Another way to view the tree is in terms of how it can reassure and remind you: That you are part of a great, unified "becoming" of the cosmos (1); that this is a creative process and your life creativity is an integral part of the great becoming (2); that the cosmos is here, a matrix (related to the Latin word root for mother) for you, a setting, playground, stage, for you (3); that you can choose a direction, many directions, in fact, and your choices add to your story–and indeed, you may be assured that your life is a story (4); part of that story involves the way you've coped with  limitations–your body's structure, illnesses, dis-abilities, areas of no-talent, the weakness and deficiencies of your family, region, and historical era, and the many other obstacles that life presents–and indeed, that which makes your story a good piece of drama! (5); the creative way you've balanced your strengths and weaknesses, opportunities and limitations, etc.(6); the many lines of interest and ability, the archetypes, the mythic resonances with the spirit of (whatever dimension you channel)–all set you into stage in which you play many parts in a unique fashion (7); the cultural forms all this enactment takes, and how you are a carrier of certain cultural values, and a challenge to others that you don't agree with–these, too, make your life good theatre and also part of the great unfolding myth of that culture!(8); the richness of your imagination as you assemble these many threads into a meaningful story, embellishing it also with all the other what-if-dramas you can fantasize, thickening your existence (9); and, finally, how you actually play out your unique life, your actual achievements, your deeds. You might be surprised how far many of your actions have reached (10).

The point of this rhapsody is to enjoy the depth of your mythic embeddedness in the Divine Process of Unfolding. This is the way God works, through your individuality (and everyone else's, also, of course)!  Envision it as an infinite symphony, improvised, incredibly rich, which, if perceived from enough distance and time, expresses amazing harmonies (in spite of a surprising amount of what in the moment may seem like mere noise, or as Shakespeare called it, "sound and fury."  On a micro-scale, it may "signify nothing," but in the big picture, this is how we all grow, evolve as a species, groping, going up blind alleys, turning back, trying another way.


The relevance and value of the Tree of Life as a useful symbol is that it provides a mythic grounding, offering a rich set of associations to a wide range of phenomena and traditions. You can see more vividly how your physical life is an expression of your imaginative life, and how your mind is vaster than what can actually be played out. Still, as an artist, you do what you can.
Because of the Tree of Life, you can glimpse at how your life is an expression of your culture, even if in a number of ways you seek to revise and refine that culture. You see, through deeper contemplation, that your life is also a nexus, a point of convergence of a number of instinctual desires:
Seeking Security
Desiring Status
Aspiring to Virtue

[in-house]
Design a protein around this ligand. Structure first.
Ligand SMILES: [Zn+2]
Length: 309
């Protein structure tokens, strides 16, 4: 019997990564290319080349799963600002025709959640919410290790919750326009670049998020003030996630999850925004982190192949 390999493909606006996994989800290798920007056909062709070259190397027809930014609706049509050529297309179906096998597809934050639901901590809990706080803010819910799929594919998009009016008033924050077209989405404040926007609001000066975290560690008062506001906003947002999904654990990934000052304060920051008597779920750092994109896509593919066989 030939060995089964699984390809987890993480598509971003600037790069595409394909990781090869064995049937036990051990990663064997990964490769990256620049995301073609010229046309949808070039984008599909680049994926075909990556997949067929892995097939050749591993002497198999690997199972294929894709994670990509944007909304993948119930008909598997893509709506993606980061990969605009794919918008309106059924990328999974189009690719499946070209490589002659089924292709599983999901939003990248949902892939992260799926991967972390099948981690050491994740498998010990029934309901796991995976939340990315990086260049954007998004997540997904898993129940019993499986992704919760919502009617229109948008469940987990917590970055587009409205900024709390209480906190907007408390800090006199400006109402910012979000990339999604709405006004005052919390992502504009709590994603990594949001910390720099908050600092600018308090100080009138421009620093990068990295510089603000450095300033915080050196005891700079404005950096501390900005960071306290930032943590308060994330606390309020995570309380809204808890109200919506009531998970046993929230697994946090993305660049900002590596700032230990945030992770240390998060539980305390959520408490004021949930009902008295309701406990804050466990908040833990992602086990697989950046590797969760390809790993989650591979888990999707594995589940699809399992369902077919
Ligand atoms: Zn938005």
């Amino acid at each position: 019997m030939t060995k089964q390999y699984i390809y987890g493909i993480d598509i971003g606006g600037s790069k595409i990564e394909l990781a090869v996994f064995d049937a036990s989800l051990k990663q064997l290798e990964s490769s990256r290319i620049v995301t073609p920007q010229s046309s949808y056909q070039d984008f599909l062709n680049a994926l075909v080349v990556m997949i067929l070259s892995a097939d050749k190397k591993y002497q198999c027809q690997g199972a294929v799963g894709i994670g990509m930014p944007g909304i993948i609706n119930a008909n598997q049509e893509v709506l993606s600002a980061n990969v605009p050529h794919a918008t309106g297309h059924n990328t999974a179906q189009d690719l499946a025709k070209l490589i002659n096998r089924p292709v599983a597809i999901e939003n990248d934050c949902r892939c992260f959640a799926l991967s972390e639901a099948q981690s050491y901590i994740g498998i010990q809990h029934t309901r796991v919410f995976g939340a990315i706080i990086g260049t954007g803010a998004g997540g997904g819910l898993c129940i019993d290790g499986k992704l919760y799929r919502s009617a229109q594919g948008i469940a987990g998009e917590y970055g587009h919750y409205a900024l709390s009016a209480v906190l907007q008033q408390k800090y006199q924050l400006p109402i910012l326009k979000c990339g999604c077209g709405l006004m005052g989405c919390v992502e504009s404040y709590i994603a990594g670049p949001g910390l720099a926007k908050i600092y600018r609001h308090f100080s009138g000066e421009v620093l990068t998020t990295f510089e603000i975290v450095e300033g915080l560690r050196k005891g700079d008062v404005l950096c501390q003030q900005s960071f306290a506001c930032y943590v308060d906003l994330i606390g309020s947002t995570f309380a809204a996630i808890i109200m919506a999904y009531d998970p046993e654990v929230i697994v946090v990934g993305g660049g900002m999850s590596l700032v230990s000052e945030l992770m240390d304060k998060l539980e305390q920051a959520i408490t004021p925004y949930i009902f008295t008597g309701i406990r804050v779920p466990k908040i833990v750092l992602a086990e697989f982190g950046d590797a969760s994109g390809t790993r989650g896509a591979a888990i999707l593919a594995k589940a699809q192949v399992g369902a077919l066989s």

Desiring Sex
Wanting Kids & to Parent Well
Skill Mastery in Vocation
Advocate for Selected Causes
Fan of Certain Artists

Appreciator of Nature
Home Maintenance
Health Maintenance
Creative Outlets

Student of Life
Seeking Belonging & Roots
Seeking Meaning
Seeking Wealth / Luxury

You begin to realize that you not only channel, more or less, these different dimensions of beings–the Graeco-Roman view might be that you live out the spirit of the various gods–, but more, you have learned--again, more or less–to balance, focus, diversify, and find ways to do this in socio-culturally constructive ways. This is the challenge of the higher archetype of the harmonizer, the juggler, the magus.

With deeper contemplation, you become aware of several other levels of Divine manifestation, pouring through the uniqueness that is you, and celebrating that individuality: The currents of Yin and Yang, of Jupiter and Saturn, of primal dualities, all expressing the paradoxical nature of The One, the Life Force at many levels of becoming. Your being is indeed wonder-filled, filled with these underlying patterns, forces, purposes.

Some use this map to find their way "back" to their identification with the One, the Source, and to rediscover the bliss of non-dual awareness. (This is a major path of Yoga and to some degree, of Buddhism). Others use this map as a guide for a richer grounding for doing the work, of helping the Cosmos be re-born in ever-new ways, reaching for Value. (And some may find this entire exercise irrelevant. Well, there are myriad paths towards wisdom, and if this essay acts as a catalyst to some, that is enough.)

Please feel free to email me and tell me how you'd add to this, suggest cross-links to your website or weblog, make comments, etc. If they're interesting to me, I may (with your permission) post them, perhaps with my comments, on a related webpage.

Related Webpages:
    1. References on Kabbalah and especially, The Tree of Life diagram
    2. Further Correlations and Contemplations: Geometry, Numerology, Astrology, etc.
    3. Drawings related to the Tree of Life,  illustrations, geometry...
     4.  Another paper on the Tree of Life (Sept. 2004)
    4. Related papers by me on this website:
Blatner, A. (2004). Creative mythmaking. Retrieved from website:
   Http:// ....